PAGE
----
ZAMBIAN president Hakainde Hichilema said he was determined mining would be the centrepiece of his efforts to revive the country’s economy without resorting to so-called resource nationalism.
“Let me reiterate, our government support empowerment without resource nationalism,” he said on the same day Canada’s First Quantum Minerals commited to project spend of $1.35bn in the southern African country. Hichilema was speaking at the 2022 Mining Indaba, an annual mining investor conference held in Cape Town.
Hichilema took over the reigns from Edgar Lungu eight months ago and has since tried to lure mining companies back to Zambia which, during the Lungu presidency, faced insecurity of tenure, high royalty rates and the withholding of VAT refunds.
Analysts have cautiously welcomed Hichilema’s election and expressed hope his stance would be more pragmatic than the hard-handed rule of his predecessor.
“This is a positive signal that the New Dawn administration continues to make it easier to do business in the country and to encourage new investment,” said Jackie Przybylowski, an analyst for BMO Capital Markets in a note on Monday.
Lungu’s tenure was characterised by resource nationalism, which placed onerous obligations on the mining industry with regard to ownership, procurement and local content, according to Peter Leon, partner and Africa chair of international law firm Herbert Smith Freehills.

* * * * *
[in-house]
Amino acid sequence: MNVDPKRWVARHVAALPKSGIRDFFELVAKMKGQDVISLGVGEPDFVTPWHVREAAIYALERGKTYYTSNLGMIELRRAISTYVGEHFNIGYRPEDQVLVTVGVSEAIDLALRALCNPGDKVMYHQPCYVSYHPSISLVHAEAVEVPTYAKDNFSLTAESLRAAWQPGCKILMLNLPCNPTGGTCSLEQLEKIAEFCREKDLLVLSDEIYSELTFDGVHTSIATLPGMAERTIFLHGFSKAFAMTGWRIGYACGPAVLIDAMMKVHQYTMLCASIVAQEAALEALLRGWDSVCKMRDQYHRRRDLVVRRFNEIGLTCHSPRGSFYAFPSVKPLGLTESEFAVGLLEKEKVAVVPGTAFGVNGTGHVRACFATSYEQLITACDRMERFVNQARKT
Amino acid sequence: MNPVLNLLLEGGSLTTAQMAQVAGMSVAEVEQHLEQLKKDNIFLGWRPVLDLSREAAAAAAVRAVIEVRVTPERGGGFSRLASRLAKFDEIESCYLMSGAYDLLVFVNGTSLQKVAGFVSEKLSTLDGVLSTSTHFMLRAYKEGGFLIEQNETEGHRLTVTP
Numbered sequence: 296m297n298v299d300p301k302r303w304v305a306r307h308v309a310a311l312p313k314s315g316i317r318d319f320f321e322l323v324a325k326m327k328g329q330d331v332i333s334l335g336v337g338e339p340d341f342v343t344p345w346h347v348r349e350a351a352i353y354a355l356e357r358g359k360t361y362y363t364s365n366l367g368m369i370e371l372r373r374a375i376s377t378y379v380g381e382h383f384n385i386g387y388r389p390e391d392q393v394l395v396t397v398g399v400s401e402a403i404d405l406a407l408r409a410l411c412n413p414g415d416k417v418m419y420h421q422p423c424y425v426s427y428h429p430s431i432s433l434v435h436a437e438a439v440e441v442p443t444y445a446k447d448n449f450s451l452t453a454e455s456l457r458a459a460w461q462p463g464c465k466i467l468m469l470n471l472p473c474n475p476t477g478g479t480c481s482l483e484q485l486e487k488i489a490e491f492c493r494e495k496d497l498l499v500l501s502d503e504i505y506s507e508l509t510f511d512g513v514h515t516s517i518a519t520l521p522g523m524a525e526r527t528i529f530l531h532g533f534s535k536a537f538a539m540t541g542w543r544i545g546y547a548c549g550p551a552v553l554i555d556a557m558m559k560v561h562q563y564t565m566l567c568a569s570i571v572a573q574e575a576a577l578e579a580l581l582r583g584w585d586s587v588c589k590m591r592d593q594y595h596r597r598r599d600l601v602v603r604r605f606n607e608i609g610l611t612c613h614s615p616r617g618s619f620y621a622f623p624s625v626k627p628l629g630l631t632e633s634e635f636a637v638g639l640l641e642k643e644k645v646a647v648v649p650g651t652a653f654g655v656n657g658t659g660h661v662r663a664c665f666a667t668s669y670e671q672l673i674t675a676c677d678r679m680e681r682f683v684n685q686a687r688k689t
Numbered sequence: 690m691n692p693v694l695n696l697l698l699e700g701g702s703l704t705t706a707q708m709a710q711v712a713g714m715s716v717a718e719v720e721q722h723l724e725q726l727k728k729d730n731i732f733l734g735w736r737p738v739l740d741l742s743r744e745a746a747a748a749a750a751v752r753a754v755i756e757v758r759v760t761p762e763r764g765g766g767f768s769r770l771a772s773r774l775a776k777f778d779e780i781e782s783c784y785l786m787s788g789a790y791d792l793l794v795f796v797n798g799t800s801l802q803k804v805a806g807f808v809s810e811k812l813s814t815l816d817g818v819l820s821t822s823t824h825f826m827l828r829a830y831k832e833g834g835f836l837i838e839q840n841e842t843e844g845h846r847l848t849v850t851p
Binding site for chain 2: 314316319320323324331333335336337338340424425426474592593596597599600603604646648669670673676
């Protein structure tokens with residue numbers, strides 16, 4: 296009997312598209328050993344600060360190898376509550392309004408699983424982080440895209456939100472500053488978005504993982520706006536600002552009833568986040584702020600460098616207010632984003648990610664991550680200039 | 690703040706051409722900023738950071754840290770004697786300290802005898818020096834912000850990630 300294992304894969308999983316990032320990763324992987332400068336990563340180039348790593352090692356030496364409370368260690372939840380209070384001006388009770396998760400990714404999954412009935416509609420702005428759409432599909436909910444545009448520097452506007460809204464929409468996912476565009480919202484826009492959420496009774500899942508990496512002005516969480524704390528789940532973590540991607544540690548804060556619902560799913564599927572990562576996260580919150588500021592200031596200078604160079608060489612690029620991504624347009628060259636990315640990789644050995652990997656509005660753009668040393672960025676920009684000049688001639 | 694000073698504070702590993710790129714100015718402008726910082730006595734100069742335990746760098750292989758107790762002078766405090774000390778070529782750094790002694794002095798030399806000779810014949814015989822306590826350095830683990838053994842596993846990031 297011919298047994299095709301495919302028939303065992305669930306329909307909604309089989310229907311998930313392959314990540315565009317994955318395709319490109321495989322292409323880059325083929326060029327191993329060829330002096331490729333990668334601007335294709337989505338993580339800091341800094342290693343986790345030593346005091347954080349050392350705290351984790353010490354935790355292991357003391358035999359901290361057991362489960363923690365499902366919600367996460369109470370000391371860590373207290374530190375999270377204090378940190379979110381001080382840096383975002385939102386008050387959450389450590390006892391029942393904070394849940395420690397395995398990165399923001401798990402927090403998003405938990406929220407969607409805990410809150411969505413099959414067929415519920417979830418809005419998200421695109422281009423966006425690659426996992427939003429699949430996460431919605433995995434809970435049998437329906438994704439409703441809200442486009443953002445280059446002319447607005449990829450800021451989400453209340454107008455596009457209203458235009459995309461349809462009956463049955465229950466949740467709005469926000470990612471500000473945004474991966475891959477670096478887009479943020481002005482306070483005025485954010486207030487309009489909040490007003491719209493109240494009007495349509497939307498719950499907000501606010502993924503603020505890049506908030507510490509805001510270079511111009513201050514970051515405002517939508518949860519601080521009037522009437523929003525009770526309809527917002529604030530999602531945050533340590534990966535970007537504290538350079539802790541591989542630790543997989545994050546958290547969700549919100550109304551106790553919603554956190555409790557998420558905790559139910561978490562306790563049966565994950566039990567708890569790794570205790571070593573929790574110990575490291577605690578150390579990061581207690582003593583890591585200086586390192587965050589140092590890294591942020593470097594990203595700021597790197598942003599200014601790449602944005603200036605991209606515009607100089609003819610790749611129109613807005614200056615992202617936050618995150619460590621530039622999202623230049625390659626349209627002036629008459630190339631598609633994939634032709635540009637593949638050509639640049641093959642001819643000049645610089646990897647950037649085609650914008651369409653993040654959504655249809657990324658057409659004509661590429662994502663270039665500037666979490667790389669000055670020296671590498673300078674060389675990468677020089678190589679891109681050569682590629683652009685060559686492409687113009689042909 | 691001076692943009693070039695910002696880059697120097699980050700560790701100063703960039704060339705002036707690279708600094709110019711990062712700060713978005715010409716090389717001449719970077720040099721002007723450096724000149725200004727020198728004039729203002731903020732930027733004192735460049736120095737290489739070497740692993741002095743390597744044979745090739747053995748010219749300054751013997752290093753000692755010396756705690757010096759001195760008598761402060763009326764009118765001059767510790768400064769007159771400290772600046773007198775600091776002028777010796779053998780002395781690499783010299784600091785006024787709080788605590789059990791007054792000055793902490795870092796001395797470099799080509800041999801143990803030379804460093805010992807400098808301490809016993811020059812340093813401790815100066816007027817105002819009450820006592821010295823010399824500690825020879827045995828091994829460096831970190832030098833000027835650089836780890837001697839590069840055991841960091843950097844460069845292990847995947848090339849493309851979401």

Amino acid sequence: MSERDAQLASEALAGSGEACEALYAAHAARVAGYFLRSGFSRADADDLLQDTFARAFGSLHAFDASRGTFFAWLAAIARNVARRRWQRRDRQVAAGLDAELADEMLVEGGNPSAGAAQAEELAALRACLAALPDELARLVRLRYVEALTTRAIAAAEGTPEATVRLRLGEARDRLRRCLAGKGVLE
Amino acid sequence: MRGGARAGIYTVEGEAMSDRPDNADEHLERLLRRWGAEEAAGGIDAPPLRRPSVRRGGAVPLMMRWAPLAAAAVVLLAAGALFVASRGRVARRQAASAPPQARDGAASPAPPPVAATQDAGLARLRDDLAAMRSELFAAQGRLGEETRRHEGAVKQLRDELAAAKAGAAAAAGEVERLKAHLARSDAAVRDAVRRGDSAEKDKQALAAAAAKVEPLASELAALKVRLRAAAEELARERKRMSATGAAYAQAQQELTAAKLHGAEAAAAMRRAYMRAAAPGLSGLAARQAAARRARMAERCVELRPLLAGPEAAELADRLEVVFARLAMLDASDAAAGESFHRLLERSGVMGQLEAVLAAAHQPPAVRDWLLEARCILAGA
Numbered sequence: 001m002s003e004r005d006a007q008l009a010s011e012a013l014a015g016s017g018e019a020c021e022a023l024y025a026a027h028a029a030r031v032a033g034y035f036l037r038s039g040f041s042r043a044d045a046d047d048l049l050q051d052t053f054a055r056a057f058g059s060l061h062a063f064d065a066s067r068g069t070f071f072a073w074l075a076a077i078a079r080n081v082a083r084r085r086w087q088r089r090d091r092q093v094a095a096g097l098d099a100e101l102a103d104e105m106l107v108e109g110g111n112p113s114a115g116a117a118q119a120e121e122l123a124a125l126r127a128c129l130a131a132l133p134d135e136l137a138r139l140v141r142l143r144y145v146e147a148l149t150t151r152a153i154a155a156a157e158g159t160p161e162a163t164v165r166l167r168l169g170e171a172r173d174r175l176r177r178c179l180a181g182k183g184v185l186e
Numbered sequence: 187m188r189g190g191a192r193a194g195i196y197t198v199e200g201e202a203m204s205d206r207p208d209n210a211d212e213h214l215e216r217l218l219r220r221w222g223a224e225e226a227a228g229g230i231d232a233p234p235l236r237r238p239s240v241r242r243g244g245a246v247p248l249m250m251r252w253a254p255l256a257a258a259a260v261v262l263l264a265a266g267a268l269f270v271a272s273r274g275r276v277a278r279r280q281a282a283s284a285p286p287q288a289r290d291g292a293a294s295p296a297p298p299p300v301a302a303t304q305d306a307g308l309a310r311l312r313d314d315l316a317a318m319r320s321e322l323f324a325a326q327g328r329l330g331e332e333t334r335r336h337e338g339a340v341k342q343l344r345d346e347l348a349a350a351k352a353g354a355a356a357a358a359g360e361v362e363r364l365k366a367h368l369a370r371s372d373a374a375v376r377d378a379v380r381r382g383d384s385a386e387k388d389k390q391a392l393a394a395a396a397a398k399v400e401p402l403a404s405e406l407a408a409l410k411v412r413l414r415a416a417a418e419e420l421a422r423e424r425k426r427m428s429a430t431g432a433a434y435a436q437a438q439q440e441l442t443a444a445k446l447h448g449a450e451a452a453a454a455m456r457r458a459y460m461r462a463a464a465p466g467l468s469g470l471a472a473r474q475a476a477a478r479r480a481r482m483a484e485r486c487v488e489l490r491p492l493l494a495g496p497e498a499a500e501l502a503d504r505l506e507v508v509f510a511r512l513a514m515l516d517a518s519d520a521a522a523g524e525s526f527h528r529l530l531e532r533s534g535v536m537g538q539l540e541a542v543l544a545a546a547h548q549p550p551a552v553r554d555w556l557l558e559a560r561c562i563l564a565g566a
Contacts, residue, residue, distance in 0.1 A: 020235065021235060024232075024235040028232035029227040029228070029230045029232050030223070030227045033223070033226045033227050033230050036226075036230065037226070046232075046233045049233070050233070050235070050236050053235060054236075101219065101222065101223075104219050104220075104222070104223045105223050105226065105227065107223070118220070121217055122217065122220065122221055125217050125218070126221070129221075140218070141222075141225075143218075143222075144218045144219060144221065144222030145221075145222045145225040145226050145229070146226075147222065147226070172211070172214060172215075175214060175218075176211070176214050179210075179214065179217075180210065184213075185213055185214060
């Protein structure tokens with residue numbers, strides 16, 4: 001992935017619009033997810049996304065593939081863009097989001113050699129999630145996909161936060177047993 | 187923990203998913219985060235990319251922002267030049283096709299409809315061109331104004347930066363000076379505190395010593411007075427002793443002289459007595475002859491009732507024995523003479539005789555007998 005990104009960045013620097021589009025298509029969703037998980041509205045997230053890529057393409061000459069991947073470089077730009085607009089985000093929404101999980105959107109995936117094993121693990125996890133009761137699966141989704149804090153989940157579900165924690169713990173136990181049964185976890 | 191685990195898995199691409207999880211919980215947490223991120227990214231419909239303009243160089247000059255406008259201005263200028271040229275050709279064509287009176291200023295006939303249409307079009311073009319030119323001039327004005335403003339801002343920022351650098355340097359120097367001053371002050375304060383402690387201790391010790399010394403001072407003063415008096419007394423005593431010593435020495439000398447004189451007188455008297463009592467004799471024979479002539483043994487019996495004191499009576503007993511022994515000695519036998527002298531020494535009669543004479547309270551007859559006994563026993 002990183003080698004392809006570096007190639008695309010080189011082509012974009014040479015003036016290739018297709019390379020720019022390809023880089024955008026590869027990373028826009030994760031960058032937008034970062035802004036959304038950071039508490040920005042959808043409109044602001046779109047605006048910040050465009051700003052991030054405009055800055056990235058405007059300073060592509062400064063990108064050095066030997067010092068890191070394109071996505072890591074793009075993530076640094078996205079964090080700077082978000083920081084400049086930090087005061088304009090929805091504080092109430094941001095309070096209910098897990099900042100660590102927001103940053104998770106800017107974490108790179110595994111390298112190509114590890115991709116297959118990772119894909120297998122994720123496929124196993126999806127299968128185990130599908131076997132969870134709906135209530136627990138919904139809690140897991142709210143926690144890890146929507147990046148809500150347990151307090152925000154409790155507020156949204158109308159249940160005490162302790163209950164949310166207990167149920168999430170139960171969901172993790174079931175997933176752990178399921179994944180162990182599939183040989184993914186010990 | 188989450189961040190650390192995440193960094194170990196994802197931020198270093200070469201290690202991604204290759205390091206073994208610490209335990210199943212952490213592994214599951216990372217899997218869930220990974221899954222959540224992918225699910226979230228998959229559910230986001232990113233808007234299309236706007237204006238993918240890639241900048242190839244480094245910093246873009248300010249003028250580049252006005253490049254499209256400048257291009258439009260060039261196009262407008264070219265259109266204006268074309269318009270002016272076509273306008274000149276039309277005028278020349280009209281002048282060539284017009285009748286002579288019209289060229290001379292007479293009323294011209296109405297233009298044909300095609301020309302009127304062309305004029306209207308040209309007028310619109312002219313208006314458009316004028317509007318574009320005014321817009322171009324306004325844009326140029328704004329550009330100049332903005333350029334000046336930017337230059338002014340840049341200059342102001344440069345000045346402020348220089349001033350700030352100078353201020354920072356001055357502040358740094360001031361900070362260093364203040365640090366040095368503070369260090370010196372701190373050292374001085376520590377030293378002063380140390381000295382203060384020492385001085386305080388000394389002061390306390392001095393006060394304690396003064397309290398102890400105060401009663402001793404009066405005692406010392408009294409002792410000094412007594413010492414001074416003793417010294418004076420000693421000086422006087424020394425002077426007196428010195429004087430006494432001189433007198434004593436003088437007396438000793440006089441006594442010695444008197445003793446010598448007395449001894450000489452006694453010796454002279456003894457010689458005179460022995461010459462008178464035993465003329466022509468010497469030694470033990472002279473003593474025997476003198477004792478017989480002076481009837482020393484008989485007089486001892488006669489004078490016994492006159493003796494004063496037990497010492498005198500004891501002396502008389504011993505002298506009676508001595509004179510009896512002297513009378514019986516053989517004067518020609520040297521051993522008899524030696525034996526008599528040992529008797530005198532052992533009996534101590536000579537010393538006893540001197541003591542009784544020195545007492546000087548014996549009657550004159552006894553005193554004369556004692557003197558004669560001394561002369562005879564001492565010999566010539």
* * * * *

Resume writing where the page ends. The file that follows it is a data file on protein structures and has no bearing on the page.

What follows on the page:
Zambia’s new president spoke frankly about the problems Africa face: endemic corruption, conflict and poor infrastructure. “Conflict is Africa and Africa is conflict. Civil strife, instability and conflict characterise many African countries, but these things impede investment.”
He promised investors that his government will root out corruption and vowed to operationalise an online portal to promote the efficiency of mining rights in Zambia. The country has put a temporary moratorium on the issuance of mining rights. The new government inherited a dysfunctional system from the previous regime and the mineral licencing system needed to be overhauled.
Hichelema reiterated his government’s undertaking eight months ago to increase annual copper production from 800 000 tons to three million tonnes in ten years. BMO’s Przybylowski said expansion on this scale would require $30bn in new investment.
Zambia is the second biggest copper producer on the continent, accounting for 70% of the continent’s copper output. “There’s an ever-increasing demand for copper. But this (pushing up production) will only happen with investors – providers of technology and finance,” he said.
Zambia recently signed a memorandum of understanding with the Democratic Republic of Congo (DRC) which is Africa’s top copper producer to facilitate cooperation in the development of clean energy technologies. “Together we see a future for electric vehicles, batteries and copper pipes,” Hichelema said.
Copper is a sought-after mineral in a world that is moving towards clean energy and serves as a conduit in renewable energy systems that generate power from solar and wind energy. It is also an essential component in the radiators, connecters and brakes used in motor vehicles. The outbreak of war between Russia and Ukraine sent copper prices to record highs as supplies had been affected.